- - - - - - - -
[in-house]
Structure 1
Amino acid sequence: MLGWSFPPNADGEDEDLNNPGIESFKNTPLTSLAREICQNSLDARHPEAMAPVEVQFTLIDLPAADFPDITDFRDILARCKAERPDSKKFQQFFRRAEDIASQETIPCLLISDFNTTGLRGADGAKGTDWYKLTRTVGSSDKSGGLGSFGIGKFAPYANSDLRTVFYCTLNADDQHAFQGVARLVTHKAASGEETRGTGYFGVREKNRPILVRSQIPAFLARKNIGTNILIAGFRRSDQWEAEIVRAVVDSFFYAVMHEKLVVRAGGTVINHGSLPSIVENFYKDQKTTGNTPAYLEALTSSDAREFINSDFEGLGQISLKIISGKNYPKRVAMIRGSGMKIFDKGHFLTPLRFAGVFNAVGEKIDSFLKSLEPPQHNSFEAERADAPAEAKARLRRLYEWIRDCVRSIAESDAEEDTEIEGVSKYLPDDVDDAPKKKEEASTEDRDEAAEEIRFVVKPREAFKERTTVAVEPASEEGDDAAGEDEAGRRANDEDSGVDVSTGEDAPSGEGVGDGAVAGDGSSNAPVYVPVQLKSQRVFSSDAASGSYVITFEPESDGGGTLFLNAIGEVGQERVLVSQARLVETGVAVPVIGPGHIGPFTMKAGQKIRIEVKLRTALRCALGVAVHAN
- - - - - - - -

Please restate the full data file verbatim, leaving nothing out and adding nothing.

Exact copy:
[in-house]
Structure 1
Amino acid sequence: MLGWSFPPNADGEDEDLNNPGIESFKNTPLTSLAREICQNSLDARHPEAMAPVEVQFTLIDLPAADFPDITDFRDILARCKAERPDSKKFQQFFRRAEDIASQETIPCLLISDFNTTGLRGADGAKGTDWYKLTRTVGSSDKSGGLGSFGIGKFAPYANSDLRTVFYCTLNADDQHAFQGVARLVTHKAASGEETRGTGYFGVREKNRPILVRSQIPAFLARKNIGTNILIAGFRRSDQWEAEIVRAVVDSFFYAVMHEKLVVRAGGTVINHGSLPSIVENFYKDQKTTGNTPAYLEALTSSDAREFINSDFEGLGQISLKIISGKNYPKRVAMIRGSGMKIFDKGHFLTPLRFAGVFNAVGEKIDSFLKSLEPPQHNSFEAERADAPAEAKARLRRLYEWIRDCVRSIAESDAEEDTEIEGVSKYLPDDVDDAPKKKEEASTEDRDEAAEEIRFVVKPREAFKERTTVAVEPASEEGDDAAGEDEAGRRANDEDSGVDVSTGEDAPSGEGVGDGAVAGDGSSNAPVYVPVQLKSQRVFSSDAASGSYVITFEPESDGGGTLFLNAIGEVGQERVLVSQARLVETGVAVPVIGPGHIGPFTMKAGQKIRIEVKLRTALRCALGVAVHAN